The discography of Eric B. & Rakim, an American hip hop duo, consists of four studio albums, five compilation albums, 15 singles, and nine music videos. Eric B. & Rakim formed and signed a record deal with Zakia Records in 1985. The following year, the duo signed a deal with 4th & B'way Records. Their debut album Paid in Full was released in 1987. In the United States, it peaked at number 58 on the Billboard 200, number 8 on R&B/Hip-Hop Albums, and was certified platinum by the Recording Industry Association of America (RIAA). It appeared on the Dutch, New Zealand, and UK Albums Chart. Paid in Full produced five singles, four of which appeared on Hot R&B/Hip-Hop Songs. The fifth single "Paid in Full" (1988) peaked in the top five of the Dutch and New Zealand Singles Chart.
"Say It Again" is a song written by Bunny Sigler and Carol Davis. It was originally recorded and released as a single by African-American singer Shawn Christopher in 1983. In 1984, American singer Lou Rawls recorded a version for his album Close Company. In 1985, Rége Burrell released his own version of the song as a single from his album Victim of Emotion. In 1986, American female R&B vocal trio Sinnamon recorded their own version, which was released as a single. The best known version is the 1987 recording by American singer Jermaine Stewart, released as a hit single from his album of the same name.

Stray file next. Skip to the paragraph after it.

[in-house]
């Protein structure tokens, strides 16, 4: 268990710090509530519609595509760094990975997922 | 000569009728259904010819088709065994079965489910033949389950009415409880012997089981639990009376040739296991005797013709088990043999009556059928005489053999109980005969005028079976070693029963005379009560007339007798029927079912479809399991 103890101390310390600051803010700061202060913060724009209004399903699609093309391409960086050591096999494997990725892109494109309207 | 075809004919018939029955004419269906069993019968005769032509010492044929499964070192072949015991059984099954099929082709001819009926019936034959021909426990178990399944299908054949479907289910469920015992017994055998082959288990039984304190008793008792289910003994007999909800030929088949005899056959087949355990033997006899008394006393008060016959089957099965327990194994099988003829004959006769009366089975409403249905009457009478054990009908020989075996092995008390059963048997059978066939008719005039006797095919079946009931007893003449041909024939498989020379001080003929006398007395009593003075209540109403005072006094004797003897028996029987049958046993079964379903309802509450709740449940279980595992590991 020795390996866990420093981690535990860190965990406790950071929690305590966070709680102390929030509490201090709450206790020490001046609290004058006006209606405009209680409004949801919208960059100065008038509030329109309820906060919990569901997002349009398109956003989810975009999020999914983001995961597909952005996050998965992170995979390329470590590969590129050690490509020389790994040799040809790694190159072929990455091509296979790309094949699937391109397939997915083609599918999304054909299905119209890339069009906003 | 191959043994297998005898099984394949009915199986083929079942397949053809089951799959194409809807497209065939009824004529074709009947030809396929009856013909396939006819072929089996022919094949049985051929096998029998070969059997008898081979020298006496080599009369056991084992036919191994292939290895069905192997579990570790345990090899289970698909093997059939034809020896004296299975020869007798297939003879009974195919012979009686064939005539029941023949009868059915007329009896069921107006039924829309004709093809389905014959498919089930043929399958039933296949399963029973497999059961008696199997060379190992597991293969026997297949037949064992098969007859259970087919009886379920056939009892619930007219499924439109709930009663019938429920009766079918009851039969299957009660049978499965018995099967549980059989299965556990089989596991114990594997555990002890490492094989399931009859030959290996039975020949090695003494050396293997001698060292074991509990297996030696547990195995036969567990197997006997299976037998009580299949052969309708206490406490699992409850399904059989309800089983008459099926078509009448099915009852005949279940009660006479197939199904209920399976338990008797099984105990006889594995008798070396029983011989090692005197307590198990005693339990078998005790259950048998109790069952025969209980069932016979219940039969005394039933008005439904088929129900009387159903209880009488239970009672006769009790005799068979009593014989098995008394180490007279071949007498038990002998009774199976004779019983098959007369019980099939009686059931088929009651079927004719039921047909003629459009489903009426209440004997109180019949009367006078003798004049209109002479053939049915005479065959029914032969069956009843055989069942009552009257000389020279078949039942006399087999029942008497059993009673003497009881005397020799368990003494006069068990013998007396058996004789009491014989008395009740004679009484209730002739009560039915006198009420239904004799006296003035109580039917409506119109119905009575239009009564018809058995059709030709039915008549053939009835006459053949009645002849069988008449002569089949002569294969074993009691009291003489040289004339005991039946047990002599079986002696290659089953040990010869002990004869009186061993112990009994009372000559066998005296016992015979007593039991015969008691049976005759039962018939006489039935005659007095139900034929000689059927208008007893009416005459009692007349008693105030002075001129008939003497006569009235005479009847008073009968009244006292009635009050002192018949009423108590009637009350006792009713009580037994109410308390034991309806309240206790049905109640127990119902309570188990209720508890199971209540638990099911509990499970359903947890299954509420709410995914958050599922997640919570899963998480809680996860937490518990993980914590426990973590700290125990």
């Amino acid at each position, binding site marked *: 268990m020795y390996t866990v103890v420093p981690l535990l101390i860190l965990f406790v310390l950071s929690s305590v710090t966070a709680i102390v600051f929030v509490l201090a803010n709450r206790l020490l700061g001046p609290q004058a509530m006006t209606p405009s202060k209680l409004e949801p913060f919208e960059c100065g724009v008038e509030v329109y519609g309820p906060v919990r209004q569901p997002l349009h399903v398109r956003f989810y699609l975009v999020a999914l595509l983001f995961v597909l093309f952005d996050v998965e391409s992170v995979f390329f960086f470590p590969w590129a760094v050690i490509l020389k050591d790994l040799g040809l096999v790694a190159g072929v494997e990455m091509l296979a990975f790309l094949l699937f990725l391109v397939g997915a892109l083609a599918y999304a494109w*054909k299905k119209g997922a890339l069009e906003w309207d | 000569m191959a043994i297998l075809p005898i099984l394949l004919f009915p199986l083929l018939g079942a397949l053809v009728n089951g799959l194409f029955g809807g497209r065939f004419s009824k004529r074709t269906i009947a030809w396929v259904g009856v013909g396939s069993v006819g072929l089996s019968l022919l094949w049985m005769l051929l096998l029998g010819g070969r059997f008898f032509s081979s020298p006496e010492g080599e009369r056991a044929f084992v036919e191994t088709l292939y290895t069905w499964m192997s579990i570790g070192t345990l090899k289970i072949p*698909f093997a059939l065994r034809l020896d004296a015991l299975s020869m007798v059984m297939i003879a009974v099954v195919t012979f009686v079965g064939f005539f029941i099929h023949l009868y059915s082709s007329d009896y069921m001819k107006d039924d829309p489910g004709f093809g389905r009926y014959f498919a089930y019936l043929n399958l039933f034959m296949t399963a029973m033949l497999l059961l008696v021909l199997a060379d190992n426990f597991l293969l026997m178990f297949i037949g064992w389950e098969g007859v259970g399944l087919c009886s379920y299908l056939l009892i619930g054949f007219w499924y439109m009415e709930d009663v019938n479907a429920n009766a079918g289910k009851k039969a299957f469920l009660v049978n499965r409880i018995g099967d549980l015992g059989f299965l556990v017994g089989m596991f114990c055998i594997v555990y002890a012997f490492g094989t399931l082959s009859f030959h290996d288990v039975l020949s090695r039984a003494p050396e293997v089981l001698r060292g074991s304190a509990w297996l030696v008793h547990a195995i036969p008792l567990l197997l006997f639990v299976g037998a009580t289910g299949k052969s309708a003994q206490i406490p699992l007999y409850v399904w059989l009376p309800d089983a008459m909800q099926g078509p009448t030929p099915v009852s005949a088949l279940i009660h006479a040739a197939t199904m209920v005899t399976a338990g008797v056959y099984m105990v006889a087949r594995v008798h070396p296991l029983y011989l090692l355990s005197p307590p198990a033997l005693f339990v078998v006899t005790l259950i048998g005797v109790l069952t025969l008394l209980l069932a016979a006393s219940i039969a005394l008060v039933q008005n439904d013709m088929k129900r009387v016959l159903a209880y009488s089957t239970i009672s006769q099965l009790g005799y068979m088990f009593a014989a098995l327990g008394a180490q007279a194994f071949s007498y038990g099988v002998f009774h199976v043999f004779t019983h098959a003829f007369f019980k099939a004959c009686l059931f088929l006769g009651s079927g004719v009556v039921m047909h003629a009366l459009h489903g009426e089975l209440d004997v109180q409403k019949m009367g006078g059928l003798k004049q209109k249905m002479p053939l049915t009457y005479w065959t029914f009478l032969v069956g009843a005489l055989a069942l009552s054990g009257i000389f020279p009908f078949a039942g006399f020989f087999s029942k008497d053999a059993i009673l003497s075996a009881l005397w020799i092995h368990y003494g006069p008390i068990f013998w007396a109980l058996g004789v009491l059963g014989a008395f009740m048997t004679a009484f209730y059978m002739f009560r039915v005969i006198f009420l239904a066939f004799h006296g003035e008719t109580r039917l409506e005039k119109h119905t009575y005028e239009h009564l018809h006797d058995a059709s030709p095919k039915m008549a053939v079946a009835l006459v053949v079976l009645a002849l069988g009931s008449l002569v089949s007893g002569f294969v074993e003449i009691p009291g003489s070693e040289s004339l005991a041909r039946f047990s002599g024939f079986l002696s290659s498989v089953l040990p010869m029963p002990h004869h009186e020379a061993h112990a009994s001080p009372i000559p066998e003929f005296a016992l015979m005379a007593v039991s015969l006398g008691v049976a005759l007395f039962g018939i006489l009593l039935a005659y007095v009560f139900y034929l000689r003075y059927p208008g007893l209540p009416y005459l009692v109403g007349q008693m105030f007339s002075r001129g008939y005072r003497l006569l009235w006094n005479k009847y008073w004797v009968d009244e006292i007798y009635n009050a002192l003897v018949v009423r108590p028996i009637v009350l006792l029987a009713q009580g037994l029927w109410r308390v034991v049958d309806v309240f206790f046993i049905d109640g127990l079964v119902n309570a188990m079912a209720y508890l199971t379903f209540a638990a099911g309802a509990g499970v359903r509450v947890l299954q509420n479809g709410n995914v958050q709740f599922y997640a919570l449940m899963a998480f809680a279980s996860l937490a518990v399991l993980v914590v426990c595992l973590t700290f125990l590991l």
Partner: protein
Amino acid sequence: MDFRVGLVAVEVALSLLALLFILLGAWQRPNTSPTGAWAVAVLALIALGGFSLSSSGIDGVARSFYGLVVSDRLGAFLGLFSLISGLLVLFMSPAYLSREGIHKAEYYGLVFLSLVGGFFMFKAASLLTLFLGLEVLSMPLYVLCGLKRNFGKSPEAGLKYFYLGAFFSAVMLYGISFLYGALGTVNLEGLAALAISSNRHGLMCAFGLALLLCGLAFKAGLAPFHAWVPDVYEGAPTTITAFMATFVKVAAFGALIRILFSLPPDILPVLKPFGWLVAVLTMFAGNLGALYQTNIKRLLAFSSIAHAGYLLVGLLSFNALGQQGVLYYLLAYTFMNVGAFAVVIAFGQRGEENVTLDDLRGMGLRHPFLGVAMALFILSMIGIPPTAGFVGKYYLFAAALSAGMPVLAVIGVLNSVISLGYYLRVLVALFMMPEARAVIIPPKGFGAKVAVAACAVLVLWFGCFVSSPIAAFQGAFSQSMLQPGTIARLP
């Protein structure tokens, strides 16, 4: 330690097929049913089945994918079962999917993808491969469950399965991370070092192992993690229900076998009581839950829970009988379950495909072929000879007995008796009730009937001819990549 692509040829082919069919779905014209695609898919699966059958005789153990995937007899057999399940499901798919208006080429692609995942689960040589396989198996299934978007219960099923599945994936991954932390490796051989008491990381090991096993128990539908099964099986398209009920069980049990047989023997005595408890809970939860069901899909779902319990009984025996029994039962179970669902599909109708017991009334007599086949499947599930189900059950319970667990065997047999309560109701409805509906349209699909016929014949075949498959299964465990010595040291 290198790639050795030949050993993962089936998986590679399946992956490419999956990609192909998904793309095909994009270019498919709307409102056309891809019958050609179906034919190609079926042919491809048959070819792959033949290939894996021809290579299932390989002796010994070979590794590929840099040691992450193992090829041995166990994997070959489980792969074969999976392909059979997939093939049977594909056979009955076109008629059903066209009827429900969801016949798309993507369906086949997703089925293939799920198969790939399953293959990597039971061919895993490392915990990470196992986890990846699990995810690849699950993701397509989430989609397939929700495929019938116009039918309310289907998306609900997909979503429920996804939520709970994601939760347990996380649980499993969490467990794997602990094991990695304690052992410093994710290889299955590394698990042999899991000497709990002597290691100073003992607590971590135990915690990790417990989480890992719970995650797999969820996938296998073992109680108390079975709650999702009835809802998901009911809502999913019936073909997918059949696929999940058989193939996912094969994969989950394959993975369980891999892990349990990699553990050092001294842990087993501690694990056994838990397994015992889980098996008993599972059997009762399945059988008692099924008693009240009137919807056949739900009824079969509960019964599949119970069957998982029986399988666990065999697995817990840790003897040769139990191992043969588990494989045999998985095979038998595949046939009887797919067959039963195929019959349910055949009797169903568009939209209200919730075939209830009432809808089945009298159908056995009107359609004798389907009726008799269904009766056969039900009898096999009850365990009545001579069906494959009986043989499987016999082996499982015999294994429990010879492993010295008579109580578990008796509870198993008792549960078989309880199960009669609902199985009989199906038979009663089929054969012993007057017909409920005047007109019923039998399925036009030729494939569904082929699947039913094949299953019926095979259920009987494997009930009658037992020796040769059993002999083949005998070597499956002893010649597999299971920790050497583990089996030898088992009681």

"Jody" is a song by American singer Jermaine Stewart, released in 1986 as the third single from his album Frantic Romantic. It was written by Stewart, Narada Michael Walden and Jeffrey Cohen, and produced by Walden.
"Don't You Love Me" is a 1990 dance single by Italian house and Eurodance act 49ers. Produced by Gianfranco Bortolotti, it was released as the fourth single from the 49ers album. The single featured a vocal sample from Jody Watley's 1987 hit "Don't You Want Me" On the European charts, it reached number 12 in the UK, number 10 in Switzerland, and number 6 in Ireland. On the US charts, it was the group's second and last number-one single on the dance chart, where it spent two weeks. "Don't You Love Me" was the group's only entry on the Hot 100, peaking at number 78.